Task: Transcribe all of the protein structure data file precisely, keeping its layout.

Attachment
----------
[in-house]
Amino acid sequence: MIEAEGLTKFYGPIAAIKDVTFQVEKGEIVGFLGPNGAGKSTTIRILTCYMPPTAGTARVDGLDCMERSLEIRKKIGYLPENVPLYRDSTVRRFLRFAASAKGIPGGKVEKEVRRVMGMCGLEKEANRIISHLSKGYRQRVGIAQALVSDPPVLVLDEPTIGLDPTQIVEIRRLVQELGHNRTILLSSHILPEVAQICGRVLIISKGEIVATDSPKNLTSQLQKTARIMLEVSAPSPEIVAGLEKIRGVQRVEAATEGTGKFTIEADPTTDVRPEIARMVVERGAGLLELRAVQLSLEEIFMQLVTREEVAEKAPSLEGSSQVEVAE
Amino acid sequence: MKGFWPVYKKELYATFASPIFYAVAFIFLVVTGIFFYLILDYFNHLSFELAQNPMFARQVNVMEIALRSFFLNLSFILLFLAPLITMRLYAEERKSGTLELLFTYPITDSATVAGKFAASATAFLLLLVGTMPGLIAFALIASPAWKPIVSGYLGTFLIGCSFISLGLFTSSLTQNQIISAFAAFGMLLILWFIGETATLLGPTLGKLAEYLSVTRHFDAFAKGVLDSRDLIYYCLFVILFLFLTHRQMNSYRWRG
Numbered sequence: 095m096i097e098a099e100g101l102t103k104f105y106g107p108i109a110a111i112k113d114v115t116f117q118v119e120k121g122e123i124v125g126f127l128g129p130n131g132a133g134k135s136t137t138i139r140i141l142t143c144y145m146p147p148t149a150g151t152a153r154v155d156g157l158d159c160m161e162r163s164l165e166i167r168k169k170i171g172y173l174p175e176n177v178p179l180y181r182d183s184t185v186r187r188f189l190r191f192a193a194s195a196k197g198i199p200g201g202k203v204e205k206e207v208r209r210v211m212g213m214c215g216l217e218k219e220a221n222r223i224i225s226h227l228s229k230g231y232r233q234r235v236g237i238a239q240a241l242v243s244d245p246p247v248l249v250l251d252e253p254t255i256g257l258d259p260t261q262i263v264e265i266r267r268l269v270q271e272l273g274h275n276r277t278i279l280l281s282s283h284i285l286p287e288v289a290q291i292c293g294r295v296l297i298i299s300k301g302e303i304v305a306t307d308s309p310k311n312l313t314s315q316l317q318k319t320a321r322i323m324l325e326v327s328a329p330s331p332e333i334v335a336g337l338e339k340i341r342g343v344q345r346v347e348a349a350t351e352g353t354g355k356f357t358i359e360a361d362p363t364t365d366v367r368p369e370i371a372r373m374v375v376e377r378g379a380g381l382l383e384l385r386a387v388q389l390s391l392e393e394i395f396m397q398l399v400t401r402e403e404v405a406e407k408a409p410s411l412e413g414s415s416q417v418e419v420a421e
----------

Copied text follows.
[in-house]
Amino acid sequence: MIEAEGLTKFYGPIAAIKDVTFQVEKGEIVGFLGPNGAGKSTTIRILTCYMPPTAGTARVDGLDCMERSLEIRKKIGYLPENVPLYRDSTVRRFLRFAASAKGIPGGKVEKEVRRVMGMCGLEKEANRIISHLSKGYRQRVGIAQALVSDPPVLVLDEPTIGLDPTQIVEIRRLVQELGHNRTILLSSHILPEVAQICGRVLIISKGEIVATDSPKNLTSQLQKTARIMLEVSAPSPEIVAGLEKIRGVQRVEAATEGTGKFTIEADPTTDVRPEIARMVVERGAGLLELRAVQLSLEEIFMQLVTREEVAEKAPSLEGSSQVEVAE
Amino acid sequence: MKGFWPVYKKELYATFASPIFYAVAFIFLVVTGIFFYLILDYFNHLSFELAQNPMFARQVNVMEIALRSFFLNLSFILLFLAPLITMRLYAEERKSGTLELLFTYPITDSATVAGKFAASATAFLLLLVGTMPGLIAFALIASPAWKPIVSGYLGTFLIGCSFISLGLFTSSLTQNQIISAFAAFGMLLILWFIGETATLLGPTLGKLAEYLSVTRHFDAFAKGVLDSRDLIYYCLFVILFLFLTHRQMNSYRWRG
Numbered sequence: 095m096i097e098a099e100g101l102t103k104f105y106g107p108i109a110a111i112k113d114v115t116f117q118v119e120k121g122e123i124v125g126f127l128g129p130n131g132a133g134k135s136t137t138i139r140i141l142t143c144y145m146p147p148t149a150g151t152a153r154v155d156g157l158d159c160m161e162r163s164l165e166i167r168k169k170i171g172y173l174p175e176n177v178p179l180y181r182d183s184t185v186r187r188f189l190r191f192a193a194s195a196k197g198i199p200g201g202k203v204e205k206e207v208r209r210v211m212g213m214c215g216l217e218k219e220a221n222r223i224i225s226h227l228s229k230g231y232r233q234r235v236g237i238a239q240a241l242v243s244d245p246p247v248l249v250l251d252e253p254t255i256g257l258d259p260t261q262i263v264e265i266r267r268l269v270q271e272l273g274h275n276r277t278i279l280l281s282s283h284i285l286p287e288v289a290q291i292c293g294r295v296l297i298i299s300k301g302e303i304v305a306t307d308s309p310k311n312l313t314s315q316l317q318k319t320a321r322i323m324l325e326v327s328a329p330s331p332e333i334v335a336g337l338e339k340i341r342g343v344q345r346v347e348a349a350t351e352g353t354g355k356f357t358i359e360a361d362p363t364t365d366v367r368p369e370i371a372r373m374v375v376e377r378g379a380g381l382l383e384l385r386a387v388q389l390s391l392e393e394i395f396m397q398l399v400t401r402e403e404v405a406e407k408a409p410s411l412e413g414s415s416q417v418e419v420a421e